The analog audio, composite video, and S-video ins and outs are fixed, but the component-video inputs and digital audio ins and outs are assignable, and their names, as they appear in the onscreen display (OSD) and the front-panel alphanumeric display, can be changed. However, the smaller source indicator in the left portion of the front-panel display retains the default names, which could be confusing. The component-video signal path has a bandwidth to 100MHz, making it fully capable of handling 480p and all HDTV signals. As with most (but not all) A/V receivers and surround processors, the composite and S-video signals are not upconverted to component, and the OSD is not available from the component monitor output. This means you must connect the S-video and/or composite monitor outs to the display in addition to the component connection in order to see the OSD and view sources that have these outputs. It also means you have to switch inputs on the display, which is a pain. I wish all receiver manufacturers would take a cue from Denon and Pioneer, whose flagship receivers upconvert all video signals to component, then send them and the OSD to the display through a single component connection.
The Rx-Z1 is well suited to custom installation with a Zone 2 A/V output (composite and line-level stereo audio), RS-232 port, two hardwired remote inputs, one remote output, and a 12V trigger output. In addition, the receiver's software (including available surround modes and processing algorithms) can be upgraded via the RS-232 port.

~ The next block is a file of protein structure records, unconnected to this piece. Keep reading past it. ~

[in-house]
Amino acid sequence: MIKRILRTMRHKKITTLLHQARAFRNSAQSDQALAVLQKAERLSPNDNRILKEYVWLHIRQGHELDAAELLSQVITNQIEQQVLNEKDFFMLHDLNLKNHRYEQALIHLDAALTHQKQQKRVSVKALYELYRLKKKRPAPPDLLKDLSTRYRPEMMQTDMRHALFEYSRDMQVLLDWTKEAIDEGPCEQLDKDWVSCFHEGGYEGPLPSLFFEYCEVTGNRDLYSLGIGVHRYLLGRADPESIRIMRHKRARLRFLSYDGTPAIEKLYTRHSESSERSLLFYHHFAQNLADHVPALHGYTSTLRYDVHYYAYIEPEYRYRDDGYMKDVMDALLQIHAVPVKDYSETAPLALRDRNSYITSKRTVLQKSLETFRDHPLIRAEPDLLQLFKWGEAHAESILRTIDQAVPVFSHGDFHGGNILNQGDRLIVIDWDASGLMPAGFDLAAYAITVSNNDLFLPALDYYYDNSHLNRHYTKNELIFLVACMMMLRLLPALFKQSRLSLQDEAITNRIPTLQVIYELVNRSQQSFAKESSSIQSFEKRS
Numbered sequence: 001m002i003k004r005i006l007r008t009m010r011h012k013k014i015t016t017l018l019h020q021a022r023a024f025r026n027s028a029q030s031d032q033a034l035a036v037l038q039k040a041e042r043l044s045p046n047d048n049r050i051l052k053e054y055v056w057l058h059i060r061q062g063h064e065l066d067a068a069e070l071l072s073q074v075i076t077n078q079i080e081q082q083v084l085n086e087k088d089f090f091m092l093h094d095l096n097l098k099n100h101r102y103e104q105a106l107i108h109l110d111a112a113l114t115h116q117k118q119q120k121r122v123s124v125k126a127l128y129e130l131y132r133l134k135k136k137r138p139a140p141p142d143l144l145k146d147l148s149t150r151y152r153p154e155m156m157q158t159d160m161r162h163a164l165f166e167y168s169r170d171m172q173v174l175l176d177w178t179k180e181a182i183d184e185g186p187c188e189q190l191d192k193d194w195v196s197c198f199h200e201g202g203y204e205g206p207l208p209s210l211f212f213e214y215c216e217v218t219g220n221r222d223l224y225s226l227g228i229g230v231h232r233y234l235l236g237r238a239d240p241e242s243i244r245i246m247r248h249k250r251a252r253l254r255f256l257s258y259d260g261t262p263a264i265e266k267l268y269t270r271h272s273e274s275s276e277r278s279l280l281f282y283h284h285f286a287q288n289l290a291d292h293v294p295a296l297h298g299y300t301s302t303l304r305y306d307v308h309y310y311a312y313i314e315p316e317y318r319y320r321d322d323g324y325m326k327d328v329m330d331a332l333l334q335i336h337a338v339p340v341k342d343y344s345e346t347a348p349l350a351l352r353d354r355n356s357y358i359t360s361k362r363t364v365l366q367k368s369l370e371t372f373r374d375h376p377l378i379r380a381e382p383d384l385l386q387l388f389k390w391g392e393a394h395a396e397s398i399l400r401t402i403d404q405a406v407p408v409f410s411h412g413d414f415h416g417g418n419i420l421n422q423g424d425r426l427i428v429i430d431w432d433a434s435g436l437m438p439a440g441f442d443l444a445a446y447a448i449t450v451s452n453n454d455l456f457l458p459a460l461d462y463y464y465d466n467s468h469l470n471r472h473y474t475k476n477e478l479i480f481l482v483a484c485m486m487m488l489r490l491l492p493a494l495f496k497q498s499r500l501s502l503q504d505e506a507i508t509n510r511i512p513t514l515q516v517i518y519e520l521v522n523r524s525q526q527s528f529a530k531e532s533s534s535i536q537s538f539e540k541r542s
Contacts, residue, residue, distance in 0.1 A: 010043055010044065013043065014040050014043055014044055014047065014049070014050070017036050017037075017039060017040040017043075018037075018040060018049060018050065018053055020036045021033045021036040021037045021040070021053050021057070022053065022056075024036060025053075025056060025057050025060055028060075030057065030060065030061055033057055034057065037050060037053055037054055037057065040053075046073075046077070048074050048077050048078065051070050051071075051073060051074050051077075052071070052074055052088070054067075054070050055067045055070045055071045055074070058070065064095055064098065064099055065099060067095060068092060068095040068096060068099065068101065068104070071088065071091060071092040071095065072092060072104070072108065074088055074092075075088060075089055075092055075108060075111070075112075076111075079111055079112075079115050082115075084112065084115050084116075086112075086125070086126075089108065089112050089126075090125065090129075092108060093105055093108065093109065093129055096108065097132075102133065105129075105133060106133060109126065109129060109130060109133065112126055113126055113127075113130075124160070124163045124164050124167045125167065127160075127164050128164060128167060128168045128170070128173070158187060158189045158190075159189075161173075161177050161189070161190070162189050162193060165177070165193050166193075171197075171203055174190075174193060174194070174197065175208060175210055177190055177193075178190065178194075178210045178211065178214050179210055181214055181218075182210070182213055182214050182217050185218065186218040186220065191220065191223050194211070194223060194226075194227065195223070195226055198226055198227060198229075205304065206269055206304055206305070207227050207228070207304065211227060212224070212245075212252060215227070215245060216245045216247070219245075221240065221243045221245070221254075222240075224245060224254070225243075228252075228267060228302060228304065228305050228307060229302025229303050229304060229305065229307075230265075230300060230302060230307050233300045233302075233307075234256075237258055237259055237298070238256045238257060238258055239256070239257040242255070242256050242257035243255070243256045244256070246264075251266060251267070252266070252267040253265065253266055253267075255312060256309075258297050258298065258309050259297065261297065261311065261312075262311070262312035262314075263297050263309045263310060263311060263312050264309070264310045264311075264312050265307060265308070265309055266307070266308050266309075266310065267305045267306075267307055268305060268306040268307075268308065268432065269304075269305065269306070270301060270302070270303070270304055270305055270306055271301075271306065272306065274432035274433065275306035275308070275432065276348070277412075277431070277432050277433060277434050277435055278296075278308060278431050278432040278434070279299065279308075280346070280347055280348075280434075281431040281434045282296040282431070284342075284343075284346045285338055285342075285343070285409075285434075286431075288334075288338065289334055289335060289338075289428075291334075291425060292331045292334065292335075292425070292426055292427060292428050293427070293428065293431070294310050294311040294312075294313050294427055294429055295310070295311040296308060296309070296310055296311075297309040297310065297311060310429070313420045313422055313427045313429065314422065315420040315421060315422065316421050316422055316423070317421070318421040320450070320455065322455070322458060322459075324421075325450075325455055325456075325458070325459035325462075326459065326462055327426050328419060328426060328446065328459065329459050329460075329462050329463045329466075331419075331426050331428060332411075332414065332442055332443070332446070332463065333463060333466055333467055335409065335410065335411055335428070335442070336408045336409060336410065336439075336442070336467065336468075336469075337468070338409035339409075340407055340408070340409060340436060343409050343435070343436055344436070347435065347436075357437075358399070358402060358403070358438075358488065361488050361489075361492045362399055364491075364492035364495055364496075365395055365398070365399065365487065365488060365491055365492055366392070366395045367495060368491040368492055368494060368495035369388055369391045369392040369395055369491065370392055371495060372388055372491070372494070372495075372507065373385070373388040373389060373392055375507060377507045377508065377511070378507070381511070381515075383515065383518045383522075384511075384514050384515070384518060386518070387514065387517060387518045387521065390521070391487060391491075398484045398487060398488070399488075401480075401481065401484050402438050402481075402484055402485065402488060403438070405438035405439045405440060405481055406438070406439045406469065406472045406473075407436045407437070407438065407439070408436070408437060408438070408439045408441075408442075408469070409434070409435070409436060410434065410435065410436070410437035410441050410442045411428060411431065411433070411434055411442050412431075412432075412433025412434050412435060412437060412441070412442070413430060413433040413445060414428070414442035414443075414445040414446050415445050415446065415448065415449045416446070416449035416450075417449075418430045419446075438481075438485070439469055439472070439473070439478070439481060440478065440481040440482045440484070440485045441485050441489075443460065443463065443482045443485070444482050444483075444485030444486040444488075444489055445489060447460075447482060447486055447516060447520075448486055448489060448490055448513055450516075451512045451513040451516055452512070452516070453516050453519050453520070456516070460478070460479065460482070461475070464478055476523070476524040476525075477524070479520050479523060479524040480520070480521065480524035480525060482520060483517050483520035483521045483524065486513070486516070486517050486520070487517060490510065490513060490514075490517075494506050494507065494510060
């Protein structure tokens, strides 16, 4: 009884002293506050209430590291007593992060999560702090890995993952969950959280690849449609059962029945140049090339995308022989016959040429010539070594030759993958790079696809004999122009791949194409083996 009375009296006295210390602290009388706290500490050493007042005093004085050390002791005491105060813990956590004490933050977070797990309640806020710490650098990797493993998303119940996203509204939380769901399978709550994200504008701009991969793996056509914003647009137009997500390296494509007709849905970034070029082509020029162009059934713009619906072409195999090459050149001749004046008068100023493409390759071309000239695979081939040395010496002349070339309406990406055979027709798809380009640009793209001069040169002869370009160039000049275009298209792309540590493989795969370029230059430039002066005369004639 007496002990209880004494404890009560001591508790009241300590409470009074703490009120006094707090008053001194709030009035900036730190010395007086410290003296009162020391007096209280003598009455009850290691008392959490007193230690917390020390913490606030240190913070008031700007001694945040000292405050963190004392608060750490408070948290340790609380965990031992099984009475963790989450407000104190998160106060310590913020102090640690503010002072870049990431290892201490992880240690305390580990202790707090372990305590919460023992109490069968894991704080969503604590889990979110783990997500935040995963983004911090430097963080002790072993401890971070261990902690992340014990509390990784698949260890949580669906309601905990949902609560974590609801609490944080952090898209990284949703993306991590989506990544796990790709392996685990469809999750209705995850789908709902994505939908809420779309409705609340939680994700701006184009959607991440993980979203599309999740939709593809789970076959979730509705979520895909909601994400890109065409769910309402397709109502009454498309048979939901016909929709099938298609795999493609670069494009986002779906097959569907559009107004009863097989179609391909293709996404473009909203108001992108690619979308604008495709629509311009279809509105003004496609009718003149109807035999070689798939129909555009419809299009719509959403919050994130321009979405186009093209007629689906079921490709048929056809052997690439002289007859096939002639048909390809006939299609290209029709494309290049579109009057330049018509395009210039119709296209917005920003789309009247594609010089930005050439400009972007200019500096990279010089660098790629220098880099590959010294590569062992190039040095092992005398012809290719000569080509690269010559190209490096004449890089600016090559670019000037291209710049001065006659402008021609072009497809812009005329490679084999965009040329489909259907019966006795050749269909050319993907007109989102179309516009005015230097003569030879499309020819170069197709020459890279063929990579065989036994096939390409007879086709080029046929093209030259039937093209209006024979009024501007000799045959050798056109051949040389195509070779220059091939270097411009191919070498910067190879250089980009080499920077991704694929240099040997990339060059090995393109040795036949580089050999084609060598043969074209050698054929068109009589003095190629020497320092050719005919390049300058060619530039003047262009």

The IR remote is a backlit LCD touchscreen type (320x240 pixels) that closely resembles the Philips Pronto. It comes preprogrammed with codes for 500 brands of equipment, and it can learn commands from other IR remotes. In addition, it can be programmed from a computer via RS-232. It has a large (2MB) memory, and macro commands can be up to 255 commands long. I don't usually like LCD touchscreen remotes because you can't find buttons by feel in a dark room; you must look at them. This remote was somewhat confusing at first, but I got the hang of it pretty quickly.